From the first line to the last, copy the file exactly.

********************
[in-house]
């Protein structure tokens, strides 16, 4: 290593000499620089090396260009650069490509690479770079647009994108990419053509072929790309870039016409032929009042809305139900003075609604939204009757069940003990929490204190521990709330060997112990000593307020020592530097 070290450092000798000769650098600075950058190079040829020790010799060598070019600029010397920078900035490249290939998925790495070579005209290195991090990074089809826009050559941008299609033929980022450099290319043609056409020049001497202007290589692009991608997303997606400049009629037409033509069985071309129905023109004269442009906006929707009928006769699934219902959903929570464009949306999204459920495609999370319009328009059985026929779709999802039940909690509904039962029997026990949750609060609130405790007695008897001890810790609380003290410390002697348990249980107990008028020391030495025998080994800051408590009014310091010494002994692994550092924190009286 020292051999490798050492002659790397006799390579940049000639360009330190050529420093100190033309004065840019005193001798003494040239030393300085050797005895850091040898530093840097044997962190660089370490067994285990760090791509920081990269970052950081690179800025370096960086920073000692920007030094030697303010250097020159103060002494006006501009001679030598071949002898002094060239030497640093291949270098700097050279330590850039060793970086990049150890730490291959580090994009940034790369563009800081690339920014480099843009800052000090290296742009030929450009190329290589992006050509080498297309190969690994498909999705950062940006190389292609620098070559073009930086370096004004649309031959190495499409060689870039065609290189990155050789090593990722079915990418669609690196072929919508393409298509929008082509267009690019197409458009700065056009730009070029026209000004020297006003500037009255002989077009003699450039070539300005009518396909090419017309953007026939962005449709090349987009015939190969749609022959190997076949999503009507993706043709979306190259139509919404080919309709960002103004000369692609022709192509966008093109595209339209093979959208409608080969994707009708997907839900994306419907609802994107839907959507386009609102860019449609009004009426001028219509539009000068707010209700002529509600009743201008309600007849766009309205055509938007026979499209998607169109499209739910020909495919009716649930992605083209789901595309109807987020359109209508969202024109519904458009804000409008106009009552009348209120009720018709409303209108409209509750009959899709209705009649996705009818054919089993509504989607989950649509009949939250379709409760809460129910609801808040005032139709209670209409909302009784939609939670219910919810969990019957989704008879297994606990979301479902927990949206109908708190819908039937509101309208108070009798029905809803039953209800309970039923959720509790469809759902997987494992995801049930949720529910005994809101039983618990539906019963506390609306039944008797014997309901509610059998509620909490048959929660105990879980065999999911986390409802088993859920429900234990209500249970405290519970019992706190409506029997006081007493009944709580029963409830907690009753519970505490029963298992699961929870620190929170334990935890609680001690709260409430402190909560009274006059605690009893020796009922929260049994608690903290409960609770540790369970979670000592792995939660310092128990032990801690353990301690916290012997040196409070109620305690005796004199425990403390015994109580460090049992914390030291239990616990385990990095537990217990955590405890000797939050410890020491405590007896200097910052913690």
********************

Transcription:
[in-house]
């Protein structure tokens, strides 16, 4: 290593000499620089090396260009650069490509690479770079647009994108990419053509072929790309870039016409032929009042809305139900003075609604939204009757069940003990929490204190521990709330060997112990000593307020020592530097 070290450092000798000769650098600075950058190079040829020790010799060598070019600029010397920078900035490249290939998925790495070579005209290195991090990074089809826009050559941008299609033929980022450099290319043609056409020049001497202007290589692009991608997303997606400049009629037409033509069985071309129905023109004269442009906006929707009928006769699934219902959903929570464009949306999204459920495609999370319009328009059985026929779709999802039940909690509904039962029997026990949750609060609130405790007695008897001890810790609380003290410390002697348990249980107990008028020391030495025998080994800051408590009014310091010494002994692994550092924190009286 020292051999490798050492002659790397006799390579940049000639360009330190050529420093100190033309004065840019005193001798003494040239030393300085050797005895850091040898530093840097044997962190660089370490067994285990760090791509920081990269970052950081690179800025370096960086920073000692920007030094030697303010250097020159103060002494006006501009001679030598071949002898002094060239030497640093291949270098700097050279330590850039060793970086990049150890730490291959580090994009940034790369563009800081690339920014480099843009800052000090290296742009030929450009190329290589992006050509080498297309190969690994498909999705950062940006190389292609620098070559073009930086370096004004649309031959190495499409060689870039065609290189990155050789090593990722079915990418669609690196072929919508393409298509929008082509267009690019197409458009700065056009730009070029026209000004020297006003500037009255002989077009003699450039070539300005009518396909090419017309953007026939962005449709090349987009015939190969749609022959190997076949999503009507993706043709979306190259139509919404080919309709960002103004000369692609022709192509966008093109595209339209093979959208409608080969994707009708997907839900994306419907609802994107839907959507386009609102860019449609009004009426001028219509539009000068707010209700002529509600009743201008309600007849766009309205055509938007026979499209998607169109499209739910020909495919009716649930992605083209789901595309109807987020359109209508969202024109519904458009804000409008106009009552009348209120009720018709409303209108409209509750009959899709209705009649996705009818054919089993509504989607989950649509009949939250379709409760809460129910609801808040005032139709209670209409909302009784939609939670219910919810969990019957989704008879297994606990979301479902927990949206109908708190819908039937509101309208108070009798029905809803039953209800309970039923959720509790469809759902997987494992995801049930949720529910005994809101039983618990539906019963506390609306039944008797014997309901509610059998509620909490048959929660105990879980065999999911986390409802088993859920429900234990209500249970405290519970019992706190409506029997006081007493009944709580029963409830907690009753519970505490029963298992699961929870620190929170334990935890609680001690709260409430402190909560009274006059605690009893020796009922929260049994608690903290409960609770540790369970979670000592792995939660310092128990032990801690353990301690916290012997040196409070109620305690005796004199425990403390015994109580460090049992914390030291239990616990385990990095537990217990955590405890000797939050410890020491405590007896200097910052913690």